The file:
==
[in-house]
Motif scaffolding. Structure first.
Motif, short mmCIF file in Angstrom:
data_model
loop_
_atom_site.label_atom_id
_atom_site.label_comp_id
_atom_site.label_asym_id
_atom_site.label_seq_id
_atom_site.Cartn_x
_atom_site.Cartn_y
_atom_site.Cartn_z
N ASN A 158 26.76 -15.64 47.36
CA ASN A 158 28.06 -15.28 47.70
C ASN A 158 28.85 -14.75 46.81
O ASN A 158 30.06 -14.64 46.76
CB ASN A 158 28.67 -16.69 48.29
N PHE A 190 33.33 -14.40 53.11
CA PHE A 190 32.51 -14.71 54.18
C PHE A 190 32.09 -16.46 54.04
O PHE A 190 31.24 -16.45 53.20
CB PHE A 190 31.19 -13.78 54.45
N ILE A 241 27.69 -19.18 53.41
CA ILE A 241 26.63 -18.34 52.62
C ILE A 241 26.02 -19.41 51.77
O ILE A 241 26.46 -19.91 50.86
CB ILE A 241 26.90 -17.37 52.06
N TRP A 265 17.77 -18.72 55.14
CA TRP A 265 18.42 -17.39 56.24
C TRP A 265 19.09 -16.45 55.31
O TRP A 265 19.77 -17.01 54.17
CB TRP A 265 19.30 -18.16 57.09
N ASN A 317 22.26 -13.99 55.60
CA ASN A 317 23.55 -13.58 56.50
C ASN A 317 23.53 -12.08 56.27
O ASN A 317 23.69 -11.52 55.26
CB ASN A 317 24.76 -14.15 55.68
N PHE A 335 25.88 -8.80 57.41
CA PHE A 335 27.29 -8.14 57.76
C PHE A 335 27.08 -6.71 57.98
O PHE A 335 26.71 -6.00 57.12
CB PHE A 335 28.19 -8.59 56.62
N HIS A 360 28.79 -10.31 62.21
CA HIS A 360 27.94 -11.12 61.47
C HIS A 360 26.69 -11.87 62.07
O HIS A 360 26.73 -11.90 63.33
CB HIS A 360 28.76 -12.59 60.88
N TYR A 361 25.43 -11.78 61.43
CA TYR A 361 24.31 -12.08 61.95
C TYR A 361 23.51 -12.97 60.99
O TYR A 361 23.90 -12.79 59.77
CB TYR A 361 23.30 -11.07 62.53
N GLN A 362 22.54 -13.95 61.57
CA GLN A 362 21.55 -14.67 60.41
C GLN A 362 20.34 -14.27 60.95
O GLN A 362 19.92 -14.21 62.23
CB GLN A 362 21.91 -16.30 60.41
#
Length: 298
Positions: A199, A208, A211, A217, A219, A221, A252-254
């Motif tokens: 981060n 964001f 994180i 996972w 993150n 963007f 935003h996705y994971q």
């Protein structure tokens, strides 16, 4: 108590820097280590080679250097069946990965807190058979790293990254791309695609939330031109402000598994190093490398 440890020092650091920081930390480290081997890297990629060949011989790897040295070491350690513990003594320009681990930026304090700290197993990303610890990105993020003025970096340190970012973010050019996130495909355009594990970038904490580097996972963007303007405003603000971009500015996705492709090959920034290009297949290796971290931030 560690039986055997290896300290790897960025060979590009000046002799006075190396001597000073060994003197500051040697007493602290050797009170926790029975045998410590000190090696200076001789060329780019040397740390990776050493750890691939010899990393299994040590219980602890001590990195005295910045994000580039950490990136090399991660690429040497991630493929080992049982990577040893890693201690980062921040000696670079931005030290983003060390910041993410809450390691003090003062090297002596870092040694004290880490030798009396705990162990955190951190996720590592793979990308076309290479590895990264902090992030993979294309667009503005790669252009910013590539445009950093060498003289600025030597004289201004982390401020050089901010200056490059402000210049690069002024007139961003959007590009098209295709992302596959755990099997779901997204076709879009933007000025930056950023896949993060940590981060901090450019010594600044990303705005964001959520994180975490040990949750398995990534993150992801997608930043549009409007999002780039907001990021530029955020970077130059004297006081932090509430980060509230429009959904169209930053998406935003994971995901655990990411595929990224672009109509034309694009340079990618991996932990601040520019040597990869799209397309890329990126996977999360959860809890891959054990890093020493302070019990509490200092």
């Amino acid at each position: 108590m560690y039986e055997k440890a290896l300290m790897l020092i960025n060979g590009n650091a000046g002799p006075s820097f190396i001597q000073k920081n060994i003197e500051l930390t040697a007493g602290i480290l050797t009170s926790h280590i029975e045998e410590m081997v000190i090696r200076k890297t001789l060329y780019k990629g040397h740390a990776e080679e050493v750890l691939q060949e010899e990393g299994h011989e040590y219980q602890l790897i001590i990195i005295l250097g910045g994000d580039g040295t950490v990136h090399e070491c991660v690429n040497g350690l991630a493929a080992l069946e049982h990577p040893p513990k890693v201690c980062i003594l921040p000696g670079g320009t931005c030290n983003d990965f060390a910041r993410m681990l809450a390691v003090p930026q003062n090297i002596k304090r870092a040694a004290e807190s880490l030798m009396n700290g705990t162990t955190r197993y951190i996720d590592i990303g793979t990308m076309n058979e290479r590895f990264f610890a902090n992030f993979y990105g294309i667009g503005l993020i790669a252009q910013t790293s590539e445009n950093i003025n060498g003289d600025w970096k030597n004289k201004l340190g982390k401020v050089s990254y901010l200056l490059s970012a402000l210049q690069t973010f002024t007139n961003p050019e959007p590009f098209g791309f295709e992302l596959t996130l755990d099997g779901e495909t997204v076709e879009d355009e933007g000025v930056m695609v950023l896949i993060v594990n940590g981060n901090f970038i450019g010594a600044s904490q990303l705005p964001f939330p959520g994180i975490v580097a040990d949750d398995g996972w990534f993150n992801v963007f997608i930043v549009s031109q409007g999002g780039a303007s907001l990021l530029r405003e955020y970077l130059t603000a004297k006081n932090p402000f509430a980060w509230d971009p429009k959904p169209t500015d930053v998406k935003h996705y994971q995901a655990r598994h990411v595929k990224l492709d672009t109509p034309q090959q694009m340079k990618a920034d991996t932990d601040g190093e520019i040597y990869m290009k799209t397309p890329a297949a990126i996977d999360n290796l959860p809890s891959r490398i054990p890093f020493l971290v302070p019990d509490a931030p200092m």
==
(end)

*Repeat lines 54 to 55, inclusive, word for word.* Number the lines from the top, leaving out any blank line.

CA GLN A 362 21.55 -14.67 60.41
C GLN A 362 20.34 -14.27 60.95